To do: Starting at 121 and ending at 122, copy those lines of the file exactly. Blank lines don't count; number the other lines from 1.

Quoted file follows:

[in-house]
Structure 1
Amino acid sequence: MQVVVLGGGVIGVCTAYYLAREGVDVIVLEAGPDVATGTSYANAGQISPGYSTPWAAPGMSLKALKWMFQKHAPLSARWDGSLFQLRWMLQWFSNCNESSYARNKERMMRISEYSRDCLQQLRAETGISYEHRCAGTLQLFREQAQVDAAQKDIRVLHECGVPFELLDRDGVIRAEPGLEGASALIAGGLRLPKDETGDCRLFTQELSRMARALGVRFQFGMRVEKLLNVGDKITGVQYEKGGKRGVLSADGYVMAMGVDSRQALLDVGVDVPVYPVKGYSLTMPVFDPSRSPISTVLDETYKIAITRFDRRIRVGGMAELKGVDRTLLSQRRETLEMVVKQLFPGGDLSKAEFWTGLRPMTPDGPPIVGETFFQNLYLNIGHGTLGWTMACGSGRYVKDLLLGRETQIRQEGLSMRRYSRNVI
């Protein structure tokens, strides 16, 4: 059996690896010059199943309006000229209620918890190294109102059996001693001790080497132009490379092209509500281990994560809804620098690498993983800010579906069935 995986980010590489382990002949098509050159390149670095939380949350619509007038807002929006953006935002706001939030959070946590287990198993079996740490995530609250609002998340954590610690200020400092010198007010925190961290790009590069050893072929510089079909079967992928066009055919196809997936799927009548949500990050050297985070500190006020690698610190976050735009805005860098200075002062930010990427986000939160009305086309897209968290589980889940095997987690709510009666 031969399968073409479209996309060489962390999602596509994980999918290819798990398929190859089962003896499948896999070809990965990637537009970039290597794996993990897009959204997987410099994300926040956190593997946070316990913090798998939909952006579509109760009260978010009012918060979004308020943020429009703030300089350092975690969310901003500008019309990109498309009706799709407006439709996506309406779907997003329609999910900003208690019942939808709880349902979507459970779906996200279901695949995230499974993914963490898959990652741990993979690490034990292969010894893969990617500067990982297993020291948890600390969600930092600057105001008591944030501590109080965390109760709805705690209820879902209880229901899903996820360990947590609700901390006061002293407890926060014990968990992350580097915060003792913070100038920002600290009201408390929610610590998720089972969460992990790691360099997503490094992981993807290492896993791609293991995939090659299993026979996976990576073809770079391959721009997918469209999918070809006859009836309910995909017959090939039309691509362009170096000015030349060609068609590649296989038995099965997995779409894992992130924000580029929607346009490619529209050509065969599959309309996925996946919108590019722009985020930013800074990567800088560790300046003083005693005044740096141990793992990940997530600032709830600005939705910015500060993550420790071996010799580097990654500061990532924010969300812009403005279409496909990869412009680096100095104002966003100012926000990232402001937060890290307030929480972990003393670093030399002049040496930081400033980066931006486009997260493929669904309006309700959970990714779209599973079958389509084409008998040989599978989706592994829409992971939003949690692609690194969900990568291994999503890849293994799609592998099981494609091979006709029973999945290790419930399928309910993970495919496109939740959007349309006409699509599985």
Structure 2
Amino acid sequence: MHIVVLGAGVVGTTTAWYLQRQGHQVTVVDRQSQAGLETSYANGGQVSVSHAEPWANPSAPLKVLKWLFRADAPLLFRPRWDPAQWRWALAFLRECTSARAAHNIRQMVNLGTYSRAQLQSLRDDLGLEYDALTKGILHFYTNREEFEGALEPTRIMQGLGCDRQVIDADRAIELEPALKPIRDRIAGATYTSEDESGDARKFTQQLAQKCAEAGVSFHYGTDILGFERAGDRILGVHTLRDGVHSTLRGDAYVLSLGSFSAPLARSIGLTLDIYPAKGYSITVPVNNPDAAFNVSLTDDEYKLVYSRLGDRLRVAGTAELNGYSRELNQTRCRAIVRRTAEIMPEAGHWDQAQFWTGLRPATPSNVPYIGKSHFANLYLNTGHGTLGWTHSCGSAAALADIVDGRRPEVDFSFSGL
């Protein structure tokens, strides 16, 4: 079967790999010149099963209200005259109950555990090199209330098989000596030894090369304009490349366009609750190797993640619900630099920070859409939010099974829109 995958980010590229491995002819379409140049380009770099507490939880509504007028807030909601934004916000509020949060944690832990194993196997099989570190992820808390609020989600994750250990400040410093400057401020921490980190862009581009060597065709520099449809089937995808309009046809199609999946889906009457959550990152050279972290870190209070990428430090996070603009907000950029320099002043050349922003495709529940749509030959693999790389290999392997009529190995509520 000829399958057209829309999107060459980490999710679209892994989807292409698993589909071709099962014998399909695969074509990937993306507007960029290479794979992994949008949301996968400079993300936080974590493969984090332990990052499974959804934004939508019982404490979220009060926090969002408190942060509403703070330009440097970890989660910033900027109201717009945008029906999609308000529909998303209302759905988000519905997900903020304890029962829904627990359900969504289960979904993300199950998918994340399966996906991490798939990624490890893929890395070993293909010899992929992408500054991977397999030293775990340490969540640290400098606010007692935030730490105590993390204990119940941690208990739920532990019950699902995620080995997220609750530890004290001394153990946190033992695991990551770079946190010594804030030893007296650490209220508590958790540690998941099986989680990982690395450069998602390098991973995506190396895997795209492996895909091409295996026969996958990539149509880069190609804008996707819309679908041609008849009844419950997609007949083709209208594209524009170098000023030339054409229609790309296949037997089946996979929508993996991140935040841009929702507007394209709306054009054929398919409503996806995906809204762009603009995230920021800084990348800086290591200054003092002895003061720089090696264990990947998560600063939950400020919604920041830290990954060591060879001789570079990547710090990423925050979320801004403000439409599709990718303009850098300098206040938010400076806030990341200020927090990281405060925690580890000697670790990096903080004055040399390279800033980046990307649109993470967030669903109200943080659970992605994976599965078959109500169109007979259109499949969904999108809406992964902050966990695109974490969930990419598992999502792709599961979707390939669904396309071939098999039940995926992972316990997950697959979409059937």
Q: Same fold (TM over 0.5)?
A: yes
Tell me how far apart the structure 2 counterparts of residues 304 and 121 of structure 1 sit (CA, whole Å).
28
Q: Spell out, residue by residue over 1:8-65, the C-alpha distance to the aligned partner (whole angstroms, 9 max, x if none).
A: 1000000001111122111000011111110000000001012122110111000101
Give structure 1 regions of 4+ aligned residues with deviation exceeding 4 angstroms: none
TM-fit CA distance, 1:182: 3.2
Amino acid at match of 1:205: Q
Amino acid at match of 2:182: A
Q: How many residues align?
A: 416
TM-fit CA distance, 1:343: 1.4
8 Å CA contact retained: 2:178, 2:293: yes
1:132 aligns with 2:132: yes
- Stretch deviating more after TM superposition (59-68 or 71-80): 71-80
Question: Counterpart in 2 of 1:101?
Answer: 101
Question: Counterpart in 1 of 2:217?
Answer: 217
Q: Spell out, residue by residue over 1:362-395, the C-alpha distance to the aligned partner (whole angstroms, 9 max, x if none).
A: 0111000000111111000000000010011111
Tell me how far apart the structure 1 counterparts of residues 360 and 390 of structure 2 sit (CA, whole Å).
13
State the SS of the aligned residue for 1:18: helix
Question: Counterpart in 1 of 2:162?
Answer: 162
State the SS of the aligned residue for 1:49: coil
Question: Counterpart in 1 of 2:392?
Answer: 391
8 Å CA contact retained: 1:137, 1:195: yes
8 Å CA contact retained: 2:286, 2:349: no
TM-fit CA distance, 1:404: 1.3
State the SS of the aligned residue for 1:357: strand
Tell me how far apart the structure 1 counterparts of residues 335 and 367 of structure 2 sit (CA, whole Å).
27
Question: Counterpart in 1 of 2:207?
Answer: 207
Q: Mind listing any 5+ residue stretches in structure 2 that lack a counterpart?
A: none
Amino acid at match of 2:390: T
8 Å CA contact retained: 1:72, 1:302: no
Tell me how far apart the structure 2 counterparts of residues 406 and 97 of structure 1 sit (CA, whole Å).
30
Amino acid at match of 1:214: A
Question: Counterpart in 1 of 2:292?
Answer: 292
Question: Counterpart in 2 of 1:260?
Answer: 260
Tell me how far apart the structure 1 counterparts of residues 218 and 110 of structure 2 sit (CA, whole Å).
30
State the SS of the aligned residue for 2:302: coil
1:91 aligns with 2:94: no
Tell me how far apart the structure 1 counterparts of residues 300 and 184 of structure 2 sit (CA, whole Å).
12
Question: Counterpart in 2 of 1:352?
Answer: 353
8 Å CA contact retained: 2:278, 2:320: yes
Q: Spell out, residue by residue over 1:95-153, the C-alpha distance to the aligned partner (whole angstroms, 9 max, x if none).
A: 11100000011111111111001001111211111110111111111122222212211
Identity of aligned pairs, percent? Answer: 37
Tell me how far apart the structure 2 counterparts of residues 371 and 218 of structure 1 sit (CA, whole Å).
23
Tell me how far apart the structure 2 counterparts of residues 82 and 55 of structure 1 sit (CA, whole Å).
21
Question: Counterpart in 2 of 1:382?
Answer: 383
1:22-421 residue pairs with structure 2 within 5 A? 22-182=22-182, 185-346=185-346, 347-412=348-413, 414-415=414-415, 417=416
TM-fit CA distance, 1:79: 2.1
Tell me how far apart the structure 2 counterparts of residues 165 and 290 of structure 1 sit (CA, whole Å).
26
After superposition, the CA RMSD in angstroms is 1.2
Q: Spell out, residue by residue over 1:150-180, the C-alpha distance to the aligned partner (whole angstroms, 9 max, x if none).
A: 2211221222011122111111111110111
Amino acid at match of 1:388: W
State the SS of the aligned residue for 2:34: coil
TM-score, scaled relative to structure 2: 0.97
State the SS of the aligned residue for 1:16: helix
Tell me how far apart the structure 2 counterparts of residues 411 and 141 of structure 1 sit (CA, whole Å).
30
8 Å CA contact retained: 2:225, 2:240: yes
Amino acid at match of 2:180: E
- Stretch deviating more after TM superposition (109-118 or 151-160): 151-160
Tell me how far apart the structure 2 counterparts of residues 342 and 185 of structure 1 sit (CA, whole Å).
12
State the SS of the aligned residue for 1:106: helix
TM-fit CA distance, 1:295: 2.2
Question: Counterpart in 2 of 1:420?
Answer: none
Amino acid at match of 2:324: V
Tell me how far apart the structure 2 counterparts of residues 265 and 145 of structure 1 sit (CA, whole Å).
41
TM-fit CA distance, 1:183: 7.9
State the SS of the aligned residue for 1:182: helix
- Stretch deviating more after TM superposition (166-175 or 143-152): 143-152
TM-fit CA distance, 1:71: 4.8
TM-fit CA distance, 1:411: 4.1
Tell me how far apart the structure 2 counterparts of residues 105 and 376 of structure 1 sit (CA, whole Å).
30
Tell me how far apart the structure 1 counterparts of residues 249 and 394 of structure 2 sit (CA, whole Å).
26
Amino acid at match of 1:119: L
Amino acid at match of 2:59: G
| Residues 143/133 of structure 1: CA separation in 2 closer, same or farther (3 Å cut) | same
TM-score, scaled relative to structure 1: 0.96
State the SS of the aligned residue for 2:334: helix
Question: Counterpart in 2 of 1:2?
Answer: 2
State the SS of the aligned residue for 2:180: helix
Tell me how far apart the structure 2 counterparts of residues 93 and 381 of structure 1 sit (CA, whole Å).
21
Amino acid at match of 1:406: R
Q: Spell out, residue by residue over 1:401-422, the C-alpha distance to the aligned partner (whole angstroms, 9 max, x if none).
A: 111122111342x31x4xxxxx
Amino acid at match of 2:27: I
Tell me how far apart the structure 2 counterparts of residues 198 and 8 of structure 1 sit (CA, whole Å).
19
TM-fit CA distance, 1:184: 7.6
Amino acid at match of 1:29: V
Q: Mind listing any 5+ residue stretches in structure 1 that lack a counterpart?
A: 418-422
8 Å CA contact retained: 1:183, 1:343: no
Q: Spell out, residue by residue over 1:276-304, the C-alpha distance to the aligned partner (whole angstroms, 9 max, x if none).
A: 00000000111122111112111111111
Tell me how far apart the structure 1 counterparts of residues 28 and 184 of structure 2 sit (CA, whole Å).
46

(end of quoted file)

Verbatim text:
A: 111122111342x31x4xxxxx
Amino acid at match of 2:27: I